Multilateral Fora - WIPO
The World Intellectual Property Organisation (WIPO)
Copyright legislations and values in Europe date back more than 200 years. They have notably their origin in cultural and human rights traditions, as they represent the fundamental right for individual who create intellectual and artistic works; a right that makes the product of their creative effort their property under the law. Copyright and neighbouring rights have served the development of cultural wealth in Europe.
Copyright and neighbouring rights also constitute the currency of the audio-visual sector, i.e. the protective elements of the products and services (CDs, films, CD-ROMs ). They provide the creators, the artists and the content industry with the basic intellectual property rights allowing them to be remunerated and to invest into more creation and more revenues. Copyright and neighbouring rights also contribute to ensure the existence of reliable and secure conditions, which is the basis for any investment in this field, thus for creation and innovation. The emergence of the new digital age must constitute an opportunity for the artists and creators in order to provide the rich content which is the sine qua non condition for the Information Society to exist and develop.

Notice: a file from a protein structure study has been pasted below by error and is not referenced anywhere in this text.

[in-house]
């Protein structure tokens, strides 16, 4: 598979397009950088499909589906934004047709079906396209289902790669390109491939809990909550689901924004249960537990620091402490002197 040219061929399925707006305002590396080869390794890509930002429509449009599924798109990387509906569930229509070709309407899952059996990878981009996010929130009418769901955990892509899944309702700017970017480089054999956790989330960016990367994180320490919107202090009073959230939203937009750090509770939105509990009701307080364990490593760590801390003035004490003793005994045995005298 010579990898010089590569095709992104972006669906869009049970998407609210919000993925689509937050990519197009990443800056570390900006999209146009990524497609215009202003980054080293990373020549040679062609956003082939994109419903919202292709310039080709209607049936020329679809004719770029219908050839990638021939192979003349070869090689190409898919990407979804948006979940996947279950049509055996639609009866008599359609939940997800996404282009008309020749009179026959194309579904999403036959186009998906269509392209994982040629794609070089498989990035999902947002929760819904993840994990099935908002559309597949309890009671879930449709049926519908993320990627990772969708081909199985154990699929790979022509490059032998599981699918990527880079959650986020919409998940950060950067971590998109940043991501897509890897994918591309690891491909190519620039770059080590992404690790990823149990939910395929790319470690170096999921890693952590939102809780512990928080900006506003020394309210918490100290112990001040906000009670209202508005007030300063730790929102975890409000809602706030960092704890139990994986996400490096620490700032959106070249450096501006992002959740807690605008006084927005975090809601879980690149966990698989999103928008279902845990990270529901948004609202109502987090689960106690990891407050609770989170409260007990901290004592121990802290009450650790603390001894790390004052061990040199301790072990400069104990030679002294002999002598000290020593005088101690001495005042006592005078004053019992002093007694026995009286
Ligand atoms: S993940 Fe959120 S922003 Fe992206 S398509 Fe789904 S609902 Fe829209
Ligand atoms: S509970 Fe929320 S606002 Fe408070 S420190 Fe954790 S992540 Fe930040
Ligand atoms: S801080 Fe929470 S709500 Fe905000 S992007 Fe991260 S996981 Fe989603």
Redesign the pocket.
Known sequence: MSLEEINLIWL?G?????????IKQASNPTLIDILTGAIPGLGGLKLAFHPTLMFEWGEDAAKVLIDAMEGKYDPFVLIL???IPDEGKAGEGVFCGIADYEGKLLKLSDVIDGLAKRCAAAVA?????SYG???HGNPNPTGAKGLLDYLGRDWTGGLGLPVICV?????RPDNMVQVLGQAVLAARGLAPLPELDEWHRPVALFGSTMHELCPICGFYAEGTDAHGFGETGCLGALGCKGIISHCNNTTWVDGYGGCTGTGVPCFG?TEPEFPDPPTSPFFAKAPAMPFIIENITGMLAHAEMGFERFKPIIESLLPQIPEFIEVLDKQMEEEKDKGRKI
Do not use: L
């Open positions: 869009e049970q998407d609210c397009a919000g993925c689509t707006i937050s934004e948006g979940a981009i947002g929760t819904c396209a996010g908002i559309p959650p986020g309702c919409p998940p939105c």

In terms of legal framework, two dimensions are relevant for the European audio-visual sector: the European Community and the international fora such as WIPO and TRIPS.
At EC level, the Community has developed a legal framework based on the Internal Market, constituted of EC directives which harmonise the level of protection for copyright and related rights with a view to create a favourable environment for protection and stimulation of creativity and innovation. The most recent initiative in the field is the copyright and related rights in the Information Society directive. It addresses the transposition into EC law of recently adopted WIPO Treaties in the field and the adaptation of the EC legal framework to the new services and technologies of the Information Society.
At international level, the World Intellectual Property Organisation (WIPO) is one of the relevant fora for copyright and related rights, together with the TRIPS Agreement in the WTO. Recently, two WIPO Treaties have been signed and are being ratified by the Parties, addressing copyright in the digital age. The last developments in WIPO concern databases as well as the protection of audio-visual performers. On the latter, the Diplomatic Conference which took place in Geneva in December 2000 did not lead to the agreement on a treaty.